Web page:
The demand for electricity in Brazil rebounded during the month of April, thanks to rising temperatures; This has contributed to an increase in the use of air-conditioning and cooling devices.
Brazil relies on generating more than 80% of its electricity on renewable energy sources, led by wind and solar energy.
The largest South American country is considering expanding nuclear energy and enhancing its share in the electricity mix by introducing new plants into operation in 2050.
Electricity demand in Brazil
The demand for electricity in Brazil increased by 2.5%, during last April, compared to the previous year, with the increase in consumption in organized and free markets.
Energy consumption rates in the Latin country jumped to about 65,256 megawatts on average during the past month, compared to about 63,646 megawatts in April 2021, according to preliminary data released by the country’s Energy Clearinghouse “CCEE”.
Electricity consumption among customers of bilateral contracts increased by 6.5% compared to the previous year, while customers of the regulated market – local consumers and small and medium-sized companies – recorded an increase of 0.4%, on an annual basis, according to the “Argos Media” website.
The country’s energy clearinghouse attributed the high demand for electricity to the transition of customers from the regulated market to bilateral contracts and the adoption of off-grid power generation by some consumers of the regulated market.
The services sector recorded the highest demand for electricity, during the month of April, with an increase of 22% compared to the previous year, followed by the timber, paper and cellulose sector by 18%, while the electricity consumption in the beverage sector increased by about 14%, and by 7.8% in the transportation sector compared to consumption in the previous year.
The rate of electricity generation from hydropower increased by about 12% compared to the previous year, during which the country witnessed a wave of drought, while electricity generation from thermal power stations decreased by 47%; Because they are usually used as backup sources for hydro and other sources.
green hydrogen production
The energy giant Shell signed a memorandum of understanding with the Brazilian company, Porto do Aco, last Thursday, May 19th; To build a green hydrogen production plant.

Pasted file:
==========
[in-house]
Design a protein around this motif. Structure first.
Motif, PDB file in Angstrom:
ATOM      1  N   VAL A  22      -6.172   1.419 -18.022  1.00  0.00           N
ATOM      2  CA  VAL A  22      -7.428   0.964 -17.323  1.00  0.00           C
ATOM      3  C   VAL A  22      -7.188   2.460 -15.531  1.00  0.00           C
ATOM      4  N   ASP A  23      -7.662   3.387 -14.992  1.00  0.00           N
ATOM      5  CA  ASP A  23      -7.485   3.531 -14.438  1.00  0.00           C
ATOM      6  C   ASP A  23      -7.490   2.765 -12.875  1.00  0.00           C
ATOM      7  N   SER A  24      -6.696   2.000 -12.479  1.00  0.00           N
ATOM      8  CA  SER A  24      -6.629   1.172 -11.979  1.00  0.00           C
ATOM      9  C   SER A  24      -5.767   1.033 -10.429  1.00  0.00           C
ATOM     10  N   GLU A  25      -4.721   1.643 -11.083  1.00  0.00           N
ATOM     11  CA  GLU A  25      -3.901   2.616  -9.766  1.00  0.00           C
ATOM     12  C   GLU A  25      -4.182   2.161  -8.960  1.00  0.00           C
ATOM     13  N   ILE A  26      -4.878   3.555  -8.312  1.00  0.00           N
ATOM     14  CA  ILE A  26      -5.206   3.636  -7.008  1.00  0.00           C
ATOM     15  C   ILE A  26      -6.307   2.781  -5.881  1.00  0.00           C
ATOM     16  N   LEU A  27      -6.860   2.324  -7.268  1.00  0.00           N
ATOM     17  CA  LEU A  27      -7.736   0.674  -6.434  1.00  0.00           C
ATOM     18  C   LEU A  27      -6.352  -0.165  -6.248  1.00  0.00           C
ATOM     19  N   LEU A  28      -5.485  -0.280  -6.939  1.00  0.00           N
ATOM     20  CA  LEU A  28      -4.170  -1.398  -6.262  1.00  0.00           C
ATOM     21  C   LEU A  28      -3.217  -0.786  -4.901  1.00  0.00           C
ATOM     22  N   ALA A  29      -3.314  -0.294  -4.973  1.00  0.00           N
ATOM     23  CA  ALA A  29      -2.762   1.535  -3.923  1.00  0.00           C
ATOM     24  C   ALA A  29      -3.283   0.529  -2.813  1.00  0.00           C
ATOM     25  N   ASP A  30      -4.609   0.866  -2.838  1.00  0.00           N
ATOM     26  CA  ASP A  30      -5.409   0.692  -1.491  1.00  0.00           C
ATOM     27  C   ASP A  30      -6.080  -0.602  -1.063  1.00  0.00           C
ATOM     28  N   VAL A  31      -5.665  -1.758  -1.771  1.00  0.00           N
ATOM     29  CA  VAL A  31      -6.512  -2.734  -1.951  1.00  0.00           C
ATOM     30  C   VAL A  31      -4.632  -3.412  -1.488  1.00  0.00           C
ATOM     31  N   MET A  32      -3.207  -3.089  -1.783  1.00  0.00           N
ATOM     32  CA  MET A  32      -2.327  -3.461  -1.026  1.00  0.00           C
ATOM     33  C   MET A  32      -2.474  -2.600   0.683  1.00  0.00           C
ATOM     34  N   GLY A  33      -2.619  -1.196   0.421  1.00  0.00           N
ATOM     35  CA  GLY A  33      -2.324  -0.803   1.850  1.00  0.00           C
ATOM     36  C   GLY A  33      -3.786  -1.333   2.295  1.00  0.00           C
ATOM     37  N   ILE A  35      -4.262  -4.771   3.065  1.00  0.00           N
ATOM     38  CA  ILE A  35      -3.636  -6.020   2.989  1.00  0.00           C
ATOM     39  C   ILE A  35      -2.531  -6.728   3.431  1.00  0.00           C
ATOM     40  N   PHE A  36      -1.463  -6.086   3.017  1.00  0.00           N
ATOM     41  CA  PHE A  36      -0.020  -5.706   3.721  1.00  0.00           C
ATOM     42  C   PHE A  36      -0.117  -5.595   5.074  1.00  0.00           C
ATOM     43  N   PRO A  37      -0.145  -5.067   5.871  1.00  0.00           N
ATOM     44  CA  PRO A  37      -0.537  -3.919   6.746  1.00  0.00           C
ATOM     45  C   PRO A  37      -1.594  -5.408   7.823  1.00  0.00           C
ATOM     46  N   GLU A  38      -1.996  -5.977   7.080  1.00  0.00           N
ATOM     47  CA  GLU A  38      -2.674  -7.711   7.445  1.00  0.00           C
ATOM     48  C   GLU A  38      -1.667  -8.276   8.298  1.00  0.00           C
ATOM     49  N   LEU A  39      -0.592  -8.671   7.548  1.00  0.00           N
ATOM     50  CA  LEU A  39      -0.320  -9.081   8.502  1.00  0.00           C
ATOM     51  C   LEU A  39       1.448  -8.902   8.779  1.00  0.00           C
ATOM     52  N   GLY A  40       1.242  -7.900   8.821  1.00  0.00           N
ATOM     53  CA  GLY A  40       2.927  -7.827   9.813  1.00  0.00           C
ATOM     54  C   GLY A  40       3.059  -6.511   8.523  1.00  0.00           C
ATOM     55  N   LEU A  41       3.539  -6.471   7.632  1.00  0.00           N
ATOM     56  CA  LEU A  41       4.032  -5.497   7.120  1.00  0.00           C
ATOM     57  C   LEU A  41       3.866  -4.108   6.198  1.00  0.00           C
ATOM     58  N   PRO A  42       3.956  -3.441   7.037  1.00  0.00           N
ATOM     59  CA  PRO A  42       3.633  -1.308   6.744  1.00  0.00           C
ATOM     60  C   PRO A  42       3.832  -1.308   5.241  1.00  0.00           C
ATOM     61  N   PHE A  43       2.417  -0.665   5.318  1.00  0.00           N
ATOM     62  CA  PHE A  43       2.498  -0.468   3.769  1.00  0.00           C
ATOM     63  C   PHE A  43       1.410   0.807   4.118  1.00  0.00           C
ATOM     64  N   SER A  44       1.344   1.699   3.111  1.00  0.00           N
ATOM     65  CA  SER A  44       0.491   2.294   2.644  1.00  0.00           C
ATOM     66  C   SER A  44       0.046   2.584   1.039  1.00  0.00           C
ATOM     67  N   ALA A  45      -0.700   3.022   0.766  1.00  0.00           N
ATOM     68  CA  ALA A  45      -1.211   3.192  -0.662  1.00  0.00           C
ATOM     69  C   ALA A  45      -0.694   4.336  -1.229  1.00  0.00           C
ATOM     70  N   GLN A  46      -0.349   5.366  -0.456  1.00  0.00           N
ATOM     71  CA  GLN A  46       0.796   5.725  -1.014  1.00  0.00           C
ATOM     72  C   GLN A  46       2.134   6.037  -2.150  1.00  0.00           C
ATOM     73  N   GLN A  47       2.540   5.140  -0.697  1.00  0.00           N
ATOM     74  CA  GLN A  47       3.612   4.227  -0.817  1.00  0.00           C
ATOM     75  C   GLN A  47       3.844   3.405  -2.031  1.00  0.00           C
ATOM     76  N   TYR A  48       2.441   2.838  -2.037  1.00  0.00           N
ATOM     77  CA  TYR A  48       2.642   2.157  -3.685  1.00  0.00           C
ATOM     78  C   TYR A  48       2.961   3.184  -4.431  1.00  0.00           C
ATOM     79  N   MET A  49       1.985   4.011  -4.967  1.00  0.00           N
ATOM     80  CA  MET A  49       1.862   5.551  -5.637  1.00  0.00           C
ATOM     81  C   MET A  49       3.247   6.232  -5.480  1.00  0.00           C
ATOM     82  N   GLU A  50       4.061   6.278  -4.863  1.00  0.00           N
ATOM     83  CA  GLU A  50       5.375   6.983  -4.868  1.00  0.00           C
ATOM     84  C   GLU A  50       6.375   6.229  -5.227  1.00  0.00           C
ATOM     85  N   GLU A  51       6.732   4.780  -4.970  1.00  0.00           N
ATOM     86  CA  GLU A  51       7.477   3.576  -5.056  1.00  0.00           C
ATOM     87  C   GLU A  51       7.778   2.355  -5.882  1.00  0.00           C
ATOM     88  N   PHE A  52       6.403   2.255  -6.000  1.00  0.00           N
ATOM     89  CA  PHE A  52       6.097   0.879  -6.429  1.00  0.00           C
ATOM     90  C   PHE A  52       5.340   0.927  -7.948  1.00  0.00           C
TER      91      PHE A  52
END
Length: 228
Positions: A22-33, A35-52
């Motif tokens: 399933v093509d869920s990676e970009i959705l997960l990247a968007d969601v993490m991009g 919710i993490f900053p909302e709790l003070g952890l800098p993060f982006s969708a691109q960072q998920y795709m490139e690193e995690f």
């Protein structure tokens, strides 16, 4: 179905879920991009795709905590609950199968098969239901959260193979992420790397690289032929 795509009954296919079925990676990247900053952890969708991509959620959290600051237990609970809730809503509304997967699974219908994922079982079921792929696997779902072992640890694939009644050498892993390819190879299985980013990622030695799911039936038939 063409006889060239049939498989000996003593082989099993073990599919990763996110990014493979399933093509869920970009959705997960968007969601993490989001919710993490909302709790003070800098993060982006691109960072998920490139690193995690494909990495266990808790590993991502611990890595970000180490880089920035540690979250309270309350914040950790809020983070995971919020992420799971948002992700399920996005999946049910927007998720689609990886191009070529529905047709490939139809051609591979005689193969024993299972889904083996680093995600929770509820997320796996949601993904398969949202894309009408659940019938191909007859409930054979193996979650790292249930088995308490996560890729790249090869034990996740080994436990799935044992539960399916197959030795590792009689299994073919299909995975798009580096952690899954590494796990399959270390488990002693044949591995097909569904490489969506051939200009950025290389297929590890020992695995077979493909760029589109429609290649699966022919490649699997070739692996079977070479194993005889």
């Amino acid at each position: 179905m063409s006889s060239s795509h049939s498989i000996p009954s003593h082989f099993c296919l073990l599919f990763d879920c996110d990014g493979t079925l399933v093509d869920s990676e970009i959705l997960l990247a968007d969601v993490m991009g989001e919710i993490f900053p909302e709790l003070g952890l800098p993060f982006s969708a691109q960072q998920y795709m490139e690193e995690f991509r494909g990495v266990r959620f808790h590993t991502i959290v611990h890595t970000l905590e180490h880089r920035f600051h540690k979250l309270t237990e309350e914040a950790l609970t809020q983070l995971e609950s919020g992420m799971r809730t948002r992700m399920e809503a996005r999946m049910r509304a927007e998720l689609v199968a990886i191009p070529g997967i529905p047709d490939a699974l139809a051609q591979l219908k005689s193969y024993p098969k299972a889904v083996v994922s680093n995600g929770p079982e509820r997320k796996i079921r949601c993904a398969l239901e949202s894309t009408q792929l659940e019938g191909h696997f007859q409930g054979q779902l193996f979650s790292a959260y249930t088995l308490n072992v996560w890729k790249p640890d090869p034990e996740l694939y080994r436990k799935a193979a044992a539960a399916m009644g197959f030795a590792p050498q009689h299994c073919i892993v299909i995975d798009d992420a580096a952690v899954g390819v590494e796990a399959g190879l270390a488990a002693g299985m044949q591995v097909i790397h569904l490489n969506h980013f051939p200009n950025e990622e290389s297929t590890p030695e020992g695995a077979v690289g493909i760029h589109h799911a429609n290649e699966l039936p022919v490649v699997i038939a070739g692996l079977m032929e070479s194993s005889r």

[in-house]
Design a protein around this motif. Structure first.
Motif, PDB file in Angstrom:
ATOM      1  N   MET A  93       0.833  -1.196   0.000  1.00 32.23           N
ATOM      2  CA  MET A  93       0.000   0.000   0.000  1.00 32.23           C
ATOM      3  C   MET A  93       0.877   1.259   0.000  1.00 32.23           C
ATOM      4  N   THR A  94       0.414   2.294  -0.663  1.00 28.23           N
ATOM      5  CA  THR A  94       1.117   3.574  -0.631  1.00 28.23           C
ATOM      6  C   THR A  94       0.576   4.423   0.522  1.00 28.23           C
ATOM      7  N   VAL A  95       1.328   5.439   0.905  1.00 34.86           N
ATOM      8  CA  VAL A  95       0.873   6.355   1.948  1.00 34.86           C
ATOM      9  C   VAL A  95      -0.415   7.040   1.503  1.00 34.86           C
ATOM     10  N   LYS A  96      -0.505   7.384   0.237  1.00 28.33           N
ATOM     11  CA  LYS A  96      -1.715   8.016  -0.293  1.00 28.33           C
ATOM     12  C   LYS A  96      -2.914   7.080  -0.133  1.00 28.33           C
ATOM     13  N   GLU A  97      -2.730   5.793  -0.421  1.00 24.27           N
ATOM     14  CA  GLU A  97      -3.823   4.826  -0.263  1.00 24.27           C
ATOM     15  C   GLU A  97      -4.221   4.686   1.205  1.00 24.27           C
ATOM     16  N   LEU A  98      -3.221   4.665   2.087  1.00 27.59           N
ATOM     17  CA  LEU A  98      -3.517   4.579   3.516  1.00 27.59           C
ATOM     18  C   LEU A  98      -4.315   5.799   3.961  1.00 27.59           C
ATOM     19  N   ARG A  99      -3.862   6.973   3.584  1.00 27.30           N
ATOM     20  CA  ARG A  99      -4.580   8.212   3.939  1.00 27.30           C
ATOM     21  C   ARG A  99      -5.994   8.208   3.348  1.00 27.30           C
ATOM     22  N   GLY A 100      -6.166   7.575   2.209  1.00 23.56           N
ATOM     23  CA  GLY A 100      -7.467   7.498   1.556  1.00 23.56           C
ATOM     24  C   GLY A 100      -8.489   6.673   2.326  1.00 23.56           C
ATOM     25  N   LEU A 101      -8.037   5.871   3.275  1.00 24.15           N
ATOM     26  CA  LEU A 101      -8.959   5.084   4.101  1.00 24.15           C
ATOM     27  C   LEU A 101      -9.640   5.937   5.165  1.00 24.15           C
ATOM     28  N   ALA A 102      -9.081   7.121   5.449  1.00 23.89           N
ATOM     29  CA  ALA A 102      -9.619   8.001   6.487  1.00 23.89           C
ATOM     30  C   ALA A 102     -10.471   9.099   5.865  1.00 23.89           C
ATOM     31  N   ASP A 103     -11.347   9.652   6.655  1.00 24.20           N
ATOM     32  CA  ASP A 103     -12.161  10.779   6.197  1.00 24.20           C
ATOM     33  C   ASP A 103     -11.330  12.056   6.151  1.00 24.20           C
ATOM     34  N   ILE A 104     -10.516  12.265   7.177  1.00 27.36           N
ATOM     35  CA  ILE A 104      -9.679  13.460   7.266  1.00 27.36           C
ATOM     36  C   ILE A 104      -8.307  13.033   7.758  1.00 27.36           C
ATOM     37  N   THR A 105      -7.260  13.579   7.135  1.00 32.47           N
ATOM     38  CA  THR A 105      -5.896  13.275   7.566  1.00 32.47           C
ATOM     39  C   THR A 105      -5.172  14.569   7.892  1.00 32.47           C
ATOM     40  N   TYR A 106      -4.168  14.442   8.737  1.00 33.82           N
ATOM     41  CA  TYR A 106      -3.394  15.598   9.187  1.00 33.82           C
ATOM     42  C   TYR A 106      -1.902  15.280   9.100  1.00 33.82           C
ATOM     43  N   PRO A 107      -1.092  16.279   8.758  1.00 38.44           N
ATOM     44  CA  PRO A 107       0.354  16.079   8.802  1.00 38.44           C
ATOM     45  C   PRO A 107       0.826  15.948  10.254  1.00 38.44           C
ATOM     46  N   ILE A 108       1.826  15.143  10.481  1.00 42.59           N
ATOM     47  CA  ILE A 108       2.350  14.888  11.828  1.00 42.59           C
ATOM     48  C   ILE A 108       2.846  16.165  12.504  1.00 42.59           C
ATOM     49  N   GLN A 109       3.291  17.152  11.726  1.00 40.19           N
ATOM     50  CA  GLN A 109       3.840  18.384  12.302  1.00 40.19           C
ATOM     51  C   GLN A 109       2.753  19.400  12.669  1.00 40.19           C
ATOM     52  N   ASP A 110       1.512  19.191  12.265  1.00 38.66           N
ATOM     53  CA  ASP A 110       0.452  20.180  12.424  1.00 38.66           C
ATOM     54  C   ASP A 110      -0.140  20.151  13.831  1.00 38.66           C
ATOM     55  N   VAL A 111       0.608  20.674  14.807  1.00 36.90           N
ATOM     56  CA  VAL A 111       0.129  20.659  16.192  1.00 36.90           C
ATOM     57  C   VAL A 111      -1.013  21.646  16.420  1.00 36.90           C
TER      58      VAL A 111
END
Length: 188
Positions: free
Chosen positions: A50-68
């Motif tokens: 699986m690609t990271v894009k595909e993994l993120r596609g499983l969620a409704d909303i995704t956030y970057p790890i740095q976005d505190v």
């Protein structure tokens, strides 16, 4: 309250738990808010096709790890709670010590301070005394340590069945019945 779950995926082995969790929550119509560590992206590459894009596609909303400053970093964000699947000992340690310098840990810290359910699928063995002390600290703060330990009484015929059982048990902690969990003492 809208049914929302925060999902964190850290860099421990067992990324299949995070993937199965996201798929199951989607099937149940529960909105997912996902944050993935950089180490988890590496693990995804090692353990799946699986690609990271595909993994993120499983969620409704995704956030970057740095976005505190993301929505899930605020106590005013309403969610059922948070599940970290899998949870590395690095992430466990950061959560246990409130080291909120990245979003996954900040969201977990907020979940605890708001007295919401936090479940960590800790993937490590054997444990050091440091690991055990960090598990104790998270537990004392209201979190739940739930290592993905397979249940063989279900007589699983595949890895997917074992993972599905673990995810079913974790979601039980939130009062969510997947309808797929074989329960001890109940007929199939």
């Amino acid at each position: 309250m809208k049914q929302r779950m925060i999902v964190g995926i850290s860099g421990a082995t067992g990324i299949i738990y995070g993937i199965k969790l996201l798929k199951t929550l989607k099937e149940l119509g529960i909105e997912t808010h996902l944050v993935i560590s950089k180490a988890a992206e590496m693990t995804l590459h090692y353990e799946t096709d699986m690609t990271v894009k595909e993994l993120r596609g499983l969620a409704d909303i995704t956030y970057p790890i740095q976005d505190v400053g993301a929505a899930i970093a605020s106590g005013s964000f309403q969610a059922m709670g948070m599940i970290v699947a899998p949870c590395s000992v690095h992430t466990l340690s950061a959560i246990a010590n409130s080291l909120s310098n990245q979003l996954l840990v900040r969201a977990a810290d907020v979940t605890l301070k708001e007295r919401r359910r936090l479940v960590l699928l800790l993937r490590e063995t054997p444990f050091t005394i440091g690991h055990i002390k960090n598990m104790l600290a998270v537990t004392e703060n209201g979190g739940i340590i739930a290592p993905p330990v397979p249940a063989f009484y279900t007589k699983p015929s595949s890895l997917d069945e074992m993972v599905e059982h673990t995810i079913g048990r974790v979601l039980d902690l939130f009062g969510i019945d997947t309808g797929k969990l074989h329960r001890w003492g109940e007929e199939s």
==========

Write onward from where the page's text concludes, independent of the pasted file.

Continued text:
Under the terms of the memorandum of understanding, the two companies are building a 10-megawatt green hydrogen production plant in the Brazilian state of Rio de Janeiro, with construction scheduled to be completed by 2025.
Green hydrogen is a carbon-free fuel made using renewable energy to split water into oxygen and hydrogen.
Two subsequent optional phases of the project will increase production to 100 megawatts by 2029.
The investment cost of the first phase of the project is about $20-40 billion, according to statements by responsible sources to Reuters, which were reviewed by the Specialized Energy Platform.
offshore wind farm
The oil and gas giant, Petrobras of Brazil, announced that it is evaluating the environmental feasibility of building a 4 GW offshore wind farm in Aracato, Brazil, in cooperation with Norway’s Equinor; In implementation of the memorandum of understanding signed by the two companies in 2018, according to the Offshore Wind website.
Last February, the Brazilian Electricity Regulatory Agency (ENEL) granted permits for projects to generate electricity from clean sources with a combined capacity of 464.57 megawatts.
Wind farms accounted for the bulk of these permits, with about 346.57 megawatts of renewables connected to the grid, last month, while solar power and small hydropower plants contributed 100 megawatts and 18 megawatts, respectively, according to the Electricity Sector Regulatory Authority.
#Electricity #demand #Brazil #rises #plants #Energy